Finding a Family Home

Will your family choose a beachfront villa or a town centre flat? © istock
Will your family choose a beachfront villa or a town centre flat?

By Katie O'Neill

Following are some basic considerations you should keep in mind when shopping for a family neighbourhood in Andalucia. The area where you decide to live will have a big impact upon your lifestyle, so there are a few things you should think about before you even begin to look at houses.



If you choose to live in the centre of town or city - as many Andalusians do - you will have access to all the shops and services you should need, many within walking distance, and others by taking public transport. This can be very useful for someone who does not drive. However, you will also have the tradeoff of probably needing a garage to park your car in if you do drive, and of course the noise factor. In the city centre it is much more difficult (and costly) to find a house per se, with garden, etc; whereas apartment living is more the norm. This doesn't necessarily mean you will have to give up swimming pools or gardens; many apartment complexes, even very centrally located ones, include these amenities, as well as private parking. But whether or not the apartment complex has these things, there are municipal pools and sport centres that you may want to live near because of the sports programs that are offered for all ages. Music, art, languages and other programs are usually centrally located as well, for example at the "Casa de la Cultura", "Conservatorio", "Escuela Municipal de Música", and "Escuela Oficial de Idiomas".

If you choose to live more on the outskirts of a city or in the countryside, do be aware that you will be more isolated in all respects, such as shopping, nearness of friends, schools, sports centres, hospitals etc. You will most likely rely on a car to go anywhere. But you will probably have the quiet of the country and probably a lot more space for your money.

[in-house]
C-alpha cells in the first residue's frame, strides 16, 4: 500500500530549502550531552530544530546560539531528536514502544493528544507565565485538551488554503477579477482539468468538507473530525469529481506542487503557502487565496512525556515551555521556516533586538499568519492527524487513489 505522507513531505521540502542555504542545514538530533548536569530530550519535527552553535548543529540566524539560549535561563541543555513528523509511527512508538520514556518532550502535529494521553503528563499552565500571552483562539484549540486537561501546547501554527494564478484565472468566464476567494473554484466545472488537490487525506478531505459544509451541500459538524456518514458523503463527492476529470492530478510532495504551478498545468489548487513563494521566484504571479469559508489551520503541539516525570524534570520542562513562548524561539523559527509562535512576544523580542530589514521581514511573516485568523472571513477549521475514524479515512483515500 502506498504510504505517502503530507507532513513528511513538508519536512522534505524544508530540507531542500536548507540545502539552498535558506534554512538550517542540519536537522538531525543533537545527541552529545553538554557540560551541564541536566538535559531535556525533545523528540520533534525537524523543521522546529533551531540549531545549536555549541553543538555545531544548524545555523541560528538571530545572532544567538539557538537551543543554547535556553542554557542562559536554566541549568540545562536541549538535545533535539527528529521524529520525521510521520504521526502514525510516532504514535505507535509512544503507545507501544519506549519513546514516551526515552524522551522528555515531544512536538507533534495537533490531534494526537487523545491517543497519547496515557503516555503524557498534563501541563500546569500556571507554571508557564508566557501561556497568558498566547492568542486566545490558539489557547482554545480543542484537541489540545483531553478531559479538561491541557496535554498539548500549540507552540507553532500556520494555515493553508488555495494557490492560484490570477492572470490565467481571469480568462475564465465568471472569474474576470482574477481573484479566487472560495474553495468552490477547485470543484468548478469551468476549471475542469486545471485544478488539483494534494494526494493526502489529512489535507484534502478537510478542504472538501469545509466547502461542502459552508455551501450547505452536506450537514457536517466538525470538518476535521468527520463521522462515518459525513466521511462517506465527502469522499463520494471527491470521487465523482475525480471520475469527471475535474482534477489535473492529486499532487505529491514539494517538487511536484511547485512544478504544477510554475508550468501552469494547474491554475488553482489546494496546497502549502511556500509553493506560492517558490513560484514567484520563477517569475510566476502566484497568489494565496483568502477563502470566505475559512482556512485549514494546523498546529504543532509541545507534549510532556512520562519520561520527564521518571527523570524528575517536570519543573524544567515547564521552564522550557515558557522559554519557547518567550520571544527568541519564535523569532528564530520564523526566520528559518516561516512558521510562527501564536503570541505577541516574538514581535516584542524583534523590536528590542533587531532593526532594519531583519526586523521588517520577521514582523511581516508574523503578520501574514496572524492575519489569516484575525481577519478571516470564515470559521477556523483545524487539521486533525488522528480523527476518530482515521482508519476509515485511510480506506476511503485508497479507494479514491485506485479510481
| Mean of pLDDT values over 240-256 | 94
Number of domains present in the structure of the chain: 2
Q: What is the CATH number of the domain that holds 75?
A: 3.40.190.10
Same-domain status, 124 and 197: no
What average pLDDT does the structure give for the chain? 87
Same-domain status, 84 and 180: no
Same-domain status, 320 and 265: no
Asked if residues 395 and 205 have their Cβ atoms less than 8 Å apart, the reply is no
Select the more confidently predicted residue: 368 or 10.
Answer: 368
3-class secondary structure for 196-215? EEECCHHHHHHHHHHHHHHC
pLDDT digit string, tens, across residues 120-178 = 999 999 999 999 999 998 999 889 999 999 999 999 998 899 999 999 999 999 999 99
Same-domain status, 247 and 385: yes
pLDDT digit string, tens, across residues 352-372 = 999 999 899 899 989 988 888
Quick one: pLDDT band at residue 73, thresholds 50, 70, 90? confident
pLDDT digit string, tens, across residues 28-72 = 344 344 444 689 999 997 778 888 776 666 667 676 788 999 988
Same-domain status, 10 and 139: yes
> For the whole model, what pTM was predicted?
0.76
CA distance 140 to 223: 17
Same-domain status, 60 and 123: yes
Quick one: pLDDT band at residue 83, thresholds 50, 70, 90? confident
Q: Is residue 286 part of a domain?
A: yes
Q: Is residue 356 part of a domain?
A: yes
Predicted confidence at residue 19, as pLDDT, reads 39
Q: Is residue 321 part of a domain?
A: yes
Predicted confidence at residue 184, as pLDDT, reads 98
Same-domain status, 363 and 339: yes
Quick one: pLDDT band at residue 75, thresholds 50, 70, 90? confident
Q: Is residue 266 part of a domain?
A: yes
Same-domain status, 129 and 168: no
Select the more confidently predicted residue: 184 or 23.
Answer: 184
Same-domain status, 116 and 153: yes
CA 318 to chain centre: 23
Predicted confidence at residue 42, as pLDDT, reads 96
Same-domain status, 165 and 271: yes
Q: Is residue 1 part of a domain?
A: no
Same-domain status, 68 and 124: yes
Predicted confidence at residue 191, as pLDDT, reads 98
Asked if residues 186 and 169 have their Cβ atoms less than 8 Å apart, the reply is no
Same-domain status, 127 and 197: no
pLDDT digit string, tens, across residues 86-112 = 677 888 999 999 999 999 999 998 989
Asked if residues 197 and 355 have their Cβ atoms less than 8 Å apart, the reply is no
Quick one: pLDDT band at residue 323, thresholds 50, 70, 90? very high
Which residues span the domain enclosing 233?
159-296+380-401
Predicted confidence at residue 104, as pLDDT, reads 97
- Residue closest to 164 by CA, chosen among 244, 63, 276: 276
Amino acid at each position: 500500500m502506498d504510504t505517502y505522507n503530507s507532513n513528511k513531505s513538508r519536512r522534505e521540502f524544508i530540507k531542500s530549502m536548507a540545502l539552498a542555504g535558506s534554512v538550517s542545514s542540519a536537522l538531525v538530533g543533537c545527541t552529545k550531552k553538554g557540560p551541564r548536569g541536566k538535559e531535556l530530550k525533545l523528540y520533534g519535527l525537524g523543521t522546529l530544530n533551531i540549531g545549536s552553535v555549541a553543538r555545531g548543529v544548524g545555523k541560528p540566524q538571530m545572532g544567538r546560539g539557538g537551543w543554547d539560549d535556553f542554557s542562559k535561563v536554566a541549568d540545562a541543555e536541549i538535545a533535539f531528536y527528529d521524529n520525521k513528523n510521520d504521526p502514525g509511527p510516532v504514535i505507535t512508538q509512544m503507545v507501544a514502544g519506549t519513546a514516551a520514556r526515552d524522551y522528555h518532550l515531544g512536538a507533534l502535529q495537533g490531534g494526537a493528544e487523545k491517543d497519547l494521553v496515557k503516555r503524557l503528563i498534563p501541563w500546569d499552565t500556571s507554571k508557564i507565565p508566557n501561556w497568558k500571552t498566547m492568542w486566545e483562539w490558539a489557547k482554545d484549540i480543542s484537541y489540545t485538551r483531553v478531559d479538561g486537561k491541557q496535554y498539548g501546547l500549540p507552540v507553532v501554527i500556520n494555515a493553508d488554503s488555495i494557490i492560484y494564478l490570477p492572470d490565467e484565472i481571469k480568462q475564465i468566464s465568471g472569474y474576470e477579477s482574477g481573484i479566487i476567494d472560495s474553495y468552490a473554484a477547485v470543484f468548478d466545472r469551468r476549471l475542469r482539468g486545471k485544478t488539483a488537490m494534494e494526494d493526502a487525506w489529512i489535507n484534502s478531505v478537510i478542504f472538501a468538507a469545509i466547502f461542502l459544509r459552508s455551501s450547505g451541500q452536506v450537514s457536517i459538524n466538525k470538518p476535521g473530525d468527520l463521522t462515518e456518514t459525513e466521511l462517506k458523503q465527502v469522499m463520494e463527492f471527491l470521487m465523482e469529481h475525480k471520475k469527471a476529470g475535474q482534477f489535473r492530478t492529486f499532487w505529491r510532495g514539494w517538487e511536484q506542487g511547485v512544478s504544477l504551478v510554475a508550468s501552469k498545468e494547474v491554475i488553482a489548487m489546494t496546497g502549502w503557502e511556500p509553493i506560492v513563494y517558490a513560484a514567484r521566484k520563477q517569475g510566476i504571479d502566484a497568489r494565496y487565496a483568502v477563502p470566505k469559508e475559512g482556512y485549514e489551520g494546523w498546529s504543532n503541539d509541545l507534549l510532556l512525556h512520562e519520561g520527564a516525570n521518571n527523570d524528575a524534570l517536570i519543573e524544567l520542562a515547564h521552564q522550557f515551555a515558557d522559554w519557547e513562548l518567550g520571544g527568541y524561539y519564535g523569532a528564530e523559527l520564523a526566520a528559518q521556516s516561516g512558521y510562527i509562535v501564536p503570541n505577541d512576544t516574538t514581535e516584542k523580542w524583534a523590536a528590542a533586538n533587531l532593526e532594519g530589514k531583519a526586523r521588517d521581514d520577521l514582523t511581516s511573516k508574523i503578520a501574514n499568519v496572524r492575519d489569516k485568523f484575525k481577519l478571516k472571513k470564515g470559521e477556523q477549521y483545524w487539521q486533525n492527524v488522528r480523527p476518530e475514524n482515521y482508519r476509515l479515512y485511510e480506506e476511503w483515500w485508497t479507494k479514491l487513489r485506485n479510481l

The school that you think you might like your child(ren) to go to is a very important consideration also, as you will be going anywhere from two to four times a day - depending on whether you choose an international or Spanish school and whether your children stay for lunch or go home to eat and then back in the afternoon. Look into what schools are in the areas you are considering, and find out what procedures there are for admitting new students (many schools have waiting lists). Naturally, your workplace (if you know it) is another factor to consider...riding a bike or walking to work is a luxury few people have nowadays, but it could mean having lunch at home, and perhaps even meeting your children at home for lunch, if their school permits leaving the campus and allows enough time to do so before returning after lunch (school schedules vary greatly, with some having lunch at school and getting out in the afternoon at four pm, others at five or six pm after a midday lunch break of a couple hours; others still get out at two pm without having eaten lunch and do not return later).

Also be aware that there are two kinds of "urbanizations" along the coasts. In the first type, foreigners tend to pre-dominate. These are often quieter, but many have few children and the families that settle there for year-round living sometimes feel isolated, especially during winter months. The second type are those where Spaniards predominate and these tend to come with plenty of friendship and integration opportunities for children, but they are also noisier. Many of the homes will also have large dogs, which will probably be chained and will usually bark quite a lot. This is part of the package in rural and suburban Spanish neighbourhoods.

Once you have narrowed down the neighbourhood, you may want to try to find out if there are other families in the area, providing friends for you and your children, as well as perhaps a little more tolerance to the lifestyle with children (especially if there are shared community areas that all ages will be using...not everyone likes hear children´s shouts while they are dozing by the pool). Being at home is much more pleasant if one has good relations with the neighbours.
Living in Andalucia